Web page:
Attorney Ben Crump released the following statement on Wednesday afternoon:

“Guilty. Guilty. Guilty. After nearly two years of pain, suffering, and wondering if Ahmaud’s killers would be held to account, the Arbery family finally has some justice. Nothing will bring back Ahmaud, but his family will have some peace knowing the men who killed him will remain behind bars and can never inflict their brand of evil on another innocent soul. While today is not one for celebration, it is one for reflection. This case, by all accounts, should have been opened and closed...the violent stalking and lynching of Ahmaud Arbery was documented on video for the world to witness. But yet, because of the deep cracks, flaws, and biases in our systems, we were left to wonder if we would ever see justice. Today certainly indicates progress, but we are nowhere close to the finish line. America, you raised your voices for Ahmaud. Now is not the time to let them quiet. Keep marching. Keep fighting for what is right. And never stop running for Ahmaud.”

Ahmaud Arbery
Ahmaud Arbery

Ahmaud Arbery’s death and arrest of the defendants

At the time of Arbery’s death, Glynn County Police questioned all three men, but did not make any arrests. It wasn’t until May of 2020 that Travis and Gregory McMichael, as well as William “Roddie” Bryan were arrested and charged.

The arrests came after a video, shot by Bryan, of the McMichael’s chasing Arbery down and killing him went viral. The three men were charged with malice murder and felony murder.

All three men were later indicted on June 24, 2020. Additional charges were added. In addition to malice murder and felony murder charges, each were charged with two counts of aggravated assault and one count each of false imprisonment and criminal attempt to commit false imprisonment.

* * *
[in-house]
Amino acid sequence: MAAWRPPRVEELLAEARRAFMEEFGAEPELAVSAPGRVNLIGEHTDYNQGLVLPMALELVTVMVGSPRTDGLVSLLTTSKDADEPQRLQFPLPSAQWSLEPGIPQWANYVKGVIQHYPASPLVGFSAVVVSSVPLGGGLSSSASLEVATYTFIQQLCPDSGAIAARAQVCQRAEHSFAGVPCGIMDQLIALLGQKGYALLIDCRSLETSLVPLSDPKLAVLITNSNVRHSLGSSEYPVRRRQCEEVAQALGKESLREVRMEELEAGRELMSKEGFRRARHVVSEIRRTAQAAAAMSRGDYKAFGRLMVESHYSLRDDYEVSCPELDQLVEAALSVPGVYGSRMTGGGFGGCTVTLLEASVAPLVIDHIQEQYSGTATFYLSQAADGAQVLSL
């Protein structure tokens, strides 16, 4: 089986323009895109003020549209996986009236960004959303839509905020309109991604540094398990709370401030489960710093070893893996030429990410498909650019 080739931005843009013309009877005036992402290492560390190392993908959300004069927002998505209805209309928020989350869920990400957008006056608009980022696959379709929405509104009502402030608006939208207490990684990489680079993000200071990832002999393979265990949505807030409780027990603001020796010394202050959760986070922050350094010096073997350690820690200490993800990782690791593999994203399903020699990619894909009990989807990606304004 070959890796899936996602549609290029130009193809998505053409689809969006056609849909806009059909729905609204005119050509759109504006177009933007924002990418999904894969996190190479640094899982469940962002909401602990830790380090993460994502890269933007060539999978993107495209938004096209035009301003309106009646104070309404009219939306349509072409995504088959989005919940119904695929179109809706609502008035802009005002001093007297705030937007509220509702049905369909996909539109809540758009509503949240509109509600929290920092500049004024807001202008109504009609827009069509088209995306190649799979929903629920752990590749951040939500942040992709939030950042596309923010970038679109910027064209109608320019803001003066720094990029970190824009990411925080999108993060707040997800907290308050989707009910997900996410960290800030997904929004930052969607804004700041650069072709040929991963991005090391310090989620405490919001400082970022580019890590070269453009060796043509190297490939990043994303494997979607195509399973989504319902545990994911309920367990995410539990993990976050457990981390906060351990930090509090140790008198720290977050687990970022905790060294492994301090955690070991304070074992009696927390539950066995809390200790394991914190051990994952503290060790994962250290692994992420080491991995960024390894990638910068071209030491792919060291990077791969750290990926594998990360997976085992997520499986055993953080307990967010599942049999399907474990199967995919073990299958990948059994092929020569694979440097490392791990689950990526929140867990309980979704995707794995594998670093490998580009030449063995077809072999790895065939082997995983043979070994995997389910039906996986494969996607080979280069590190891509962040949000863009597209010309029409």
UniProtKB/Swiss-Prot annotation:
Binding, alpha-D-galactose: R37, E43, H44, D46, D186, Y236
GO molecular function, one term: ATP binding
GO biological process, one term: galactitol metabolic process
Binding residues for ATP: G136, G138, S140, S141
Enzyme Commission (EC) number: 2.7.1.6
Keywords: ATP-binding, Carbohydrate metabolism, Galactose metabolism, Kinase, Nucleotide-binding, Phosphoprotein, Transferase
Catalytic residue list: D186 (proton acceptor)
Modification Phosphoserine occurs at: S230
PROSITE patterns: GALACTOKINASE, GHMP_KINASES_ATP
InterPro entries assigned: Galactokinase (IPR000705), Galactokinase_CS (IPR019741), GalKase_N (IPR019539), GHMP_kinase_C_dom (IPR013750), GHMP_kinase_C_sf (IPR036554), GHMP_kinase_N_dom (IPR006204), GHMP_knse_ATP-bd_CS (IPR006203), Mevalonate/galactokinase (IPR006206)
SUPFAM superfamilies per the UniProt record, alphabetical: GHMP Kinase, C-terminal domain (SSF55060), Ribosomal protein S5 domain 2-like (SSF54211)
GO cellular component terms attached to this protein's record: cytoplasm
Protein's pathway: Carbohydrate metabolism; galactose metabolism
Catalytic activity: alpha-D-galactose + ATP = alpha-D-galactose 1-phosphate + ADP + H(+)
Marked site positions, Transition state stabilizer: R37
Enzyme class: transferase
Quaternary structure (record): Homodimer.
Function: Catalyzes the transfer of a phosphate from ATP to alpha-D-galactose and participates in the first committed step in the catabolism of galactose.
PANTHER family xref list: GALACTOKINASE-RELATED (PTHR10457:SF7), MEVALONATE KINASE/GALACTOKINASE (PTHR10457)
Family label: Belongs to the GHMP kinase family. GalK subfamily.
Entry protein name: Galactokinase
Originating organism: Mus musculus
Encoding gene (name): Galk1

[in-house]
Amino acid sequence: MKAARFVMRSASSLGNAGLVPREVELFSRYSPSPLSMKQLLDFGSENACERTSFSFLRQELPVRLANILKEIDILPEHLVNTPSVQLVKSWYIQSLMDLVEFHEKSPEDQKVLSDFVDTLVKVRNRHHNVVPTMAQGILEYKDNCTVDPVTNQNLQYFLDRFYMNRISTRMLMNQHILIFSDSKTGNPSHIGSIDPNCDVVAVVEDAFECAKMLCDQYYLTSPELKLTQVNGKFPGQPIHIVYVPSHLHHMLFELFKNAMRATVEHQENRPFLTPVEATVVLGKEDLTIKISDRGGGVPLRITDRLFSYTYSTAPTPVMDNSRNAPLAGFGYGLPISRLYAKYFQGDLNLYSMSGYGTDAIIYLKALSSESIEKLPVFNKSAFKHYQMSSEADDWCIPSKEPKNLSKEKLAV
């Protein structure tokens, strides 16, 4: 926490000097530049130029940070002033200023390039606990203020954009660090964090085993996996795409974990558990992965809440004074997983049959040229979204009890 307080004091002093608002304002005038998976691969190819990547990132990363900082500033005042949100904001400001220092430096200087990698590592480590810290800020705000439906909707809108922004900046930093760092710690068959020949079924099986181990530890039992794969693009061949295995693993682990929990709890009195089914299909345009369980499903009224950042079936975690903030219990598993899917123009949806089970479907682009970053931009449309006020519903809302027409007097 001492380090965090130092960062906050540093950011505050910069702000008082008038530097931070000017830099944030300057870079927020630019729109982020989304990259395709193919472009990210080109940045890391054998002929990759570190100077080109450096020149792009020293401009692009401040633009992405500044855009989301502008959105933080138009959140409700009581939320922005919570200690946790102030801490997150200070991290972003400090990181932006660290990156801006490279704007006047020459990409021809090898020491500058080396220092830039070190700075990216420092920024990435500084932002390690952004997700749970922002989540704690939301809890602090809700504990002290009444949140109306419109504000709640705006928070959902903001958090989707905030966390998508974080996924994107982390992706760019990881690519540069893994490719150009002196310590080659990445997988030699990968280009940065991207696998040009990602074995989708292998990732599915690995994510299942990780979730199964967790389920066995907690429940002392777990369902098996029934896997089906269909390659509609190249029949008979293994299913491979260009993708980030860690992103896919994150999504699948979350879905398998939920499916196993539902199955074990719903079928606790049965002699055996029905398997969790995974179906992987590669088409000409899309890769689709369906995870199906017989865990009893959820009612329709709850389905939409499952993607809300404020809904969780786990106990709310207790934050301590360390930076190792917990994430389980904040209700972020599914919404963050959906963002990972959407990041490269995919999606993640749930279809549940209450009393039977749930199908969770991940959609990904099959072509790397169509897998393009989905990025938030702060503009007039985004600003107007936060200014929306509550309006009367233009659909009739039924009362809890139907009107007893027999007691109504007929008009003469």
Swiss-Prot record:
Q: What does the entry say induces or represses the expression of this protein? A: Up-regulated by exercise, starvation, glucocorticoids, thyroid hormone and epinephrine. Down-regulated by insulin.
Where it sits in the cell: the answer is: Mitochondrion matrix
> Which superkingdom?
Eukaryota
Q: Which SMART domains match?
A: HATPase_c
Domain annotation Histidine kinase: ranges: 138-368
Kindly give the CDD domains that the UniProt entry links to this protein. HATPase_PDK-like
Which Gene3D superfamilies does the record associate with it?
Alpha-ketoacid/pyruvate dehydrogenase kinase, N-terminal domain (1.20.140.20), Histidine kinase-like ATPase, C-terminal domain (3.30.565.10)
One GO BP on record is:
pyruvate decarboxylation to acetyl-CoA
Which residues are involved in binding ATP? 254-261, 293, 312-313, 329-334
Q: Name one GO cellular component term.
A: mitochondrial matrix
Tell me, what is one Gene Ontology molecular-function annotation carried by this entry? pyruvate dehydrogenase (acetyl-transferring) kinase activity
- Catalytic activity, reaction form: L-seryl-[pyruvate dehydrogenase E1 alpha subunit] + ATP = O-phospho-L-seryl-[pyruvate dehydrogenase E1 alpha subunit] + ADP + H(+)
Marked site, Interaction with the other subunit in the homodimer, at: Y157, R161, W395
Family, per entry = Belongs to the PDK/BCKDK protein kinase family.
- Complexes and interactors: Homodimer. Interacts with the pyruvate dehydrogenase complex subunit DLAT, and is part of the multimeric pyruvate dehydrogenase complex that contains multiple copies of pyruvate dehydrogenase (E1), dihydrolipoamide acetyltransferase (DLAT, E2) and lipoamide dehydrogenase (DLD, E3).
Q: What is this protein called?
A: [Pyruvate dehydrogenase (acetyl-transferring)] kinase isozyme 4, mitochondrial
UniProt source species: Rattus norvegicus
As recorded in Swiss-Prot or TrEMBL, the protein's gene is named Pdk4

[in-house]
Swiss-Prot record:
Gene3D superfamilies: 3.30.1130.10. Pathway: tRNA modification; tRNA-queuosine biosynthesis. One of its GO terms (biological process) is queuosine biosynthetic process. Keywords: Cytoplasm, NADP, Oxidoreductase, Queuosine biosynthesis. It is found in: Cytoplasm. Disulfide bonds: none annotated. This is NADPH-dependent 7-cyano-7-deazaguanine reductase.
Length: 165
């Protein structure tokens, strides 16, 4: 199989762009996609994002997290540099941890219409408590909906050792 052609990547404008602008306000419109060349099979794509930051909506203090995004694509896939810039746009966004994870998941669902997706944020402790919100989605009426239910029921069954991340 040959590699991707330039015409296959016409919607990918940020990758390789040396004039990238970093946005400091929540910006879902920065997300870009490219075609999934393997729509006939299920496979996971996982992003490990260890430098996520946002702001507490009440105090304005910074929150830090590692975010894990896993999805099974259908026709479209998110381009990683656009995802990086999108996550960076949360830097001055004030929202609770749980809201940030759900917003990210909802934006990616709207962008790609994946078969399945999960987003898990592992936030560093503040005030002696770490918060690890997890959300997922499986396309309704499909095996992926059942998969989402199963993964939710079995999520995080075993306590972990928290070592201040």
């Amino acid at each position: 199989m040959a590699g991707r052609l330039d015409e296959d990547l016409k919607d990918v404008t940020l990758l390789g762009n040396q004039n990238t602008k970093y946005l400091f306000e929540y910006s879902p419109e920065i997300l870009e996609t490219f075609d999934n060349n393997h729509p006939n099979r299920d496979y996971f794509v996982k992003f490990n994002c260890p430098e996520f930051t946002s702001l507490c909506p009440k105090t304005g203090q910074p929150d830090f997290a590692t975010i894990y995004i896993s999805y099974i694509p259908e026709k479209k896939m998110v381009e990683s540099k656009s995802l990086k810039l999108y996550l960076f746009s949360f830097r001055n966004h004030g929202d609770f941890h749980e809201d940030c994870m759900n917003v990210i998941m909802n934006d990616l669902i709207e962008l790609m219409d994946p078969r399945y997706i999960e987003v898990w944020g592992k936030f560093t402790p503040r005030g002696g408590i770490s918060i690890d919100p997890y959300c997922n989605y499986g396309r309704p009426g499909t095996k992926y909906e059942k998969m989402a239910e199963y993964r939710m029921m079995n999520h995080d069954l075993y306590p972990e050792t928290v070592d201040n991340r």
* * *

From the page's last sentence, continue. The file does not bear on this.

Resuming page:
On July 17, 2020, all three defendants pled not guilty to all of the charges in connection to Arbery’s death.

In November of 2020, Judge Timothy Walmsley denied Gregory and Travis McMichael bond over concerns of their actions, as well as witness testimony. The court order states the two men posed a significant risk of influencing witnesses and obstructing justice, were a flight risk, and posed a significant danger to persons, community, or property.

On January 13, 2021, Roddie Bryan’s attorney requested for his client to be released from jail because of his “uncontrolled high blood pressure.” The request was denied.

In February of 2021, Georgia Governor Brian Kemp backed plans to overhaul the state’s citizen’s arrest law, taking aim at a statue scrutinized in 2020 after Arbery was killed.

On April 28, 2021, the McMichaels and Bryan were indicted by a federal grand jury on hate crime charges. Counts One and Two of the indictment allege “that the defendants used force and threats of force to intimidate and interfere with Arbery’s right to use a public street because of his race.” All three pled not guilty to the hate crime charges the following month.

On September 2, 2021, former Brunswick District Attorney Jackie Johnson was indicted on charges of violation of oath of public officer and obstruction of a police officer. These charges came from the investigation of the Ahmaud Arbery case. One week later Johnson was arrested and booked into the Glynn County Jail. She was released on bond that same day under her own recognizance under a $10,000 bond.

On September 16, 2021, new body camera video was released of Glynn County Police officers responding to the scene after Arbery was shot and killed. Officers can be heard describing what happened. One officer said he was so close to the scene he heard the gunshots. Former District Attorney Jackie Johnson is accused of directing police officers not to arrest the suspected shooter on the day of the shooting.

In October of 2021, jury duty notices were mailed to 1,000 people for the state’s trial against the three defendants. Jury selection then began on October 18.

It wasn’t until November 4, 2021 that Judge Timothy Walmsley finalized the trial process. Opening statements then began the next day.

The state rested their case on November 16, 2021. The following day, Travis McMichael took the stand. On November 18, all three defense teams rested their case.

Copyright 2021 WTOC. All rights reserved.